regret strongly; express disapproval of
Although critics bemoan the serious flaws in the author's novels, each year his latest book tops the best-seller list.

benevolent: Read
/bɪ'nɛvələnt/ a. Syn. generous; charitable
generous in providing aid to others; charitable
Mr. Fezziwig was a benevolent employer, who wished to make Christmas merrier for young Scrooge and his other employees.

benign: Read
/bɪ'naɪn/ a. Syn. kindly; favorable
kindly; favorable; not malignant
Though her benign smile and gentle bearing made Miss Marple seem a sweet little old lady, in reality she was a tough-minded lady.

berate: Read
/bɪ'reɪt/ v. Syn. scold
rebuke or scold angrily and at length
He feared she would berate him for his forgetfulness.

......

 300 Common SAT Words - QuizMore Quizzes Show Quiz 
asylum  Read
Exercise
place of refuge or shelter; protection
Exercise
speaking with slow and lingering utterance, from laziness, lack of spirit; lengthened, slow monotonous utterance
Exercise
beastlike; brutal; lacking in intelligence or reason
Exercise
departing from a recognized, conventional, or established norm or pattern
atrophy  Read
Exercise
wasting away; decrease in size; reduction in the functionality of an organ caused by disease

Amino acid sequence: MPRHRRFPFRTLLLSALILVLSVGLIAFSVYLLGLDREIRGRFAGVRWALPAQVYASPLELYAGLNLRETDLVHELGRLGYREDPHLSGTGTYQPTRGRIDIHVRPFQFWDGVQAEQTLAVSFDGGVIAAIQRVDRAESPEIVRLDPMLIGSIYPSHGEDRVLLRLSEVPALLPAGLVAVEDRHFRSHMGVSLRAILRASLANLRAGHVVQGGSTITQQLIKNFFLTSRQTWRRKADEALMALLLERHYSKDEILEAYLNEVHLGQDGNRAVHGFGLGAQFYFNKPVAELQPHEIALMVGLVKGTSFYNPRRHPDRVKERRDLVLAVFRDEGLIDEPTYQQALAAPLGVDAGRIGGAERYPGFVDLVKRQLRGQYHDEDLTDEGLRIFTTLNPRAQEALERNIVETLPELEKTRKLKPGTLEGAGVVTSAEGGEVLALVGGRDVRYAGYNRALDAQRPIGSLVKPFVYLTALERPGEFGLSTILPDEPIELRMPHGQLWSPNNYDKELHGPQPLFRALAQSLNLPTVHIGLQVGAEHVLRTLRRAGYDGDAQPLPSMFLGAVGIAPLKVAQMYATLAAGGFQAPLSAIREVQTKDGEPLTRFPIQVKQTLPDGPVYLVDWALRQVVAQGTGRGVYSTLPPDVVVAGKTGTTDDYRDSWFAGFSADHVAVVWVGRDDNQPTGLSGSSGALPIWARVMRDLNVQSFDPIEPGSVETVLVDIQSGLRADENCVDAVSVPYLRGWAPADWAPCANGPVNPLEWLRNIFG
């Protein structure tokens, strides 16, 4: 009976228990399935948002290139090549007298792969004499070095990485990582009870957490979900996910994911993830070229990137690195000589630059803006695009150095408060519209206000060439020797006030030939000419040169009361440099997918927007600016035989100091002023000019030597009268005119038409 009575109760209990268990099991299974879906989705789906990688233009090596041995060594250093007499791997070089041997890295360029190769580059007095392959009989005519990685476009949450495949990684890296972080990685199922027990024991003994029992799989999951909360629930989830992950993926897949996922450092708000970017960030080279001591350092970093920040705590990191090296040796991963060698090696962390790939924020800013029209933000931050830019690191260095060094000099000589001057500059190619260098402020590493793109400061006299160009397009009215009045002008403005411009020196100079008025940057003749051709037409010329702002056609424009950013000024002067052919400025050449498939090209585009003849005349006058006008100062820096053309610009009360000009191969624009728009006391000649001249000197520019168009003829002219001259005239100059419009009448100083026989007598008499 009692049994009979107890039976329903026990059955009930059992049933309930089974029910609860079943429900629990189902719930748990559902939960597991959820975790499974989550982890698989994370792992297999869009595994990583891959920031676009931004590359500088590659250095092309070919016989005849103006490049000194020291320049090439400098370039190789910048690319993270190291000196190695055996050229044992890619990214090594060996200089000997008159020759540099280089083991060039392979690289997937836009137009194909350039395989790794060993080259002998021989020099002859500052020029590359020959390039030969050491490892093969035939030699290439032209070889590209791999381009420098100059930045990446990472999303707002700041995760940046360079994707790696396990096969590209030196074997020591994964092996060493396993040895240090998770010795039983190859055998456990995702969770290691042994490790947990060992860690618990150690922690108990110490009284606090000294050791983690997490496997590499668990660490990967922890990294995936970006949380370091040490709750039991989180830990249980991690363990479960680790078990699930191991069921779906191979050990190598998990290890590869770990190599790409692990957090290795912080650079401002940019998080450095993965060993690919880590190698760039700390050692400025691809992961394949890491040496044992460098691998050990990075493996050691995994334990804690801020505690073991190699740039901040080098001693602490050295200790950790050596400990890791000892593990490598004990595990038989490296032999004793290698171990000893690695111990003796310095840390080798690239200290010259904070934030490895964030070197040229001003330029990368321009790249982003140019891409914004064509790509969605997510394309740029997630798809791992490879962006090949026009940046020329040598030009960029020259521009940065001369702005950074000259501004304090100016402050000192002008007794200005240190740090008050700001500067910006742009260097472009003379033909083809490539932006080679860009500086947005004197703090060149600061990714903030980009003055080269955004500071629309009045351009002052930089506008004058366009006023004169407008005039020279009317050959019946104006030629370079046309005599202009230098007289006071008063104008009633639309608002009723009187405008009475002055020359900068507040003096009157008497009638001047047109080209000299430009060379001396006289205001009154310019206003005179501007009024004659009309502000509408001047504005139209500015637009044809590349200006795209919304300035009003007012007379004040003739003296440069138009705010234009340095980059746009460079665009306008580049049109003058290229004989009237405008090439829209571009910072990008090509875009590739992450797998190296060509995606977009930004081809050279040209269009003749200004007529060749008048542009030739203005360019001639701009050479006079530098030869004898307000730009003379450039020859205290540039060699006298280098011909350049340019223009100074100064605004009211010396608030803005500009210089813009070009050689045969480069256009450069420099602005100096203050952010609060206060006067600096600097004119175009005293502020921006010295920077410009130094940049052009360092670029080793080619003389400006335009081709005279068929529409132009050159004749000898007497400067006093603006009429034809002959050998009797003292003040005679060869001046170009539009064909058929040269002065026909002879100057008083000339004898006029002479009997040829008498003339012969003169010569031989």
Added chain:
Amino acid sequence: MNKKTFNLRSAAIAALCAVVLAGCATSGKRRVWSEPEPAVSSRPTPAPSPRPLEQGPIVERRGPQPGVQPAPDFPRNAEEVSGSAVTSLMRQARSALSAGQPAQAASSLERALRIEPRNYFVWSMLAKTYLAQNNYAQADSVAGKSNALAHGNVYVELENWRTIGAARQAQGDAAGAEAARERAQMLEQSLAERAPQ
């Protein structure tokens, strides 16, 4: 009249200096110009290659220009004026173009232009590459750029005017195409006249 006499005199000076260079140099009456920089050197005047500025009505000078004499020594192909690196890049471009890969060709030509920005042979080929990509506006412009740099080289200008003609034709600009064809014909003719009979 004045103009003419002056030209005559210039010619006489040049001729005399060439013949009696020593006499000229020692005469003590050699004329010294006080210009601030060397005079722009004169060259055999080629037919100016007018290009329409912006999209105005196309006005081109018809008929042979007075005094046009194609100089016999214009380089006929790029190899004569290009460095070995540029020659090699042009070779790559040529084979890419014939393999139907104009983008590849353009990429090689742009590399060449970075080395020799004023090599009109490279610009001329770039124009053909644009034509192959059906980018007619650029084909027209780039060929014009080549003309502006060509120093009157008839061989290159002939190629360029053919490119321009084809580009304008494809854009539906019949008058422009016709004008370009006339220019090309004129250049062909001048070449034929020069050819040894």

Exercise
acknowledge by signing a bill, draft, or other instrument; approve; support
Exercise
force into military service; take for public use; seize for military use; take arbitrarily or by force
Exercise
subtle but base deception; trickery; cleverness or skill; ingenuity
augment  Read
Exercise
make greater, as in size, extent, or quantity
Exercise
specialist; person with expert knowledge or training, especially in the fine arts
Exercise
obvious and dull; commonplace; lacking originality
Exercise
stupid person; person who is not very bright
bard  Read
Exercise
specialist; person with expert knowledge or training, especially in the fine arts
Exercise
poet, especially lyric poet
Exercise
speaking with slow and lingering utterance, from laziness, lack of spirit; lengthened, slow monotonous utterance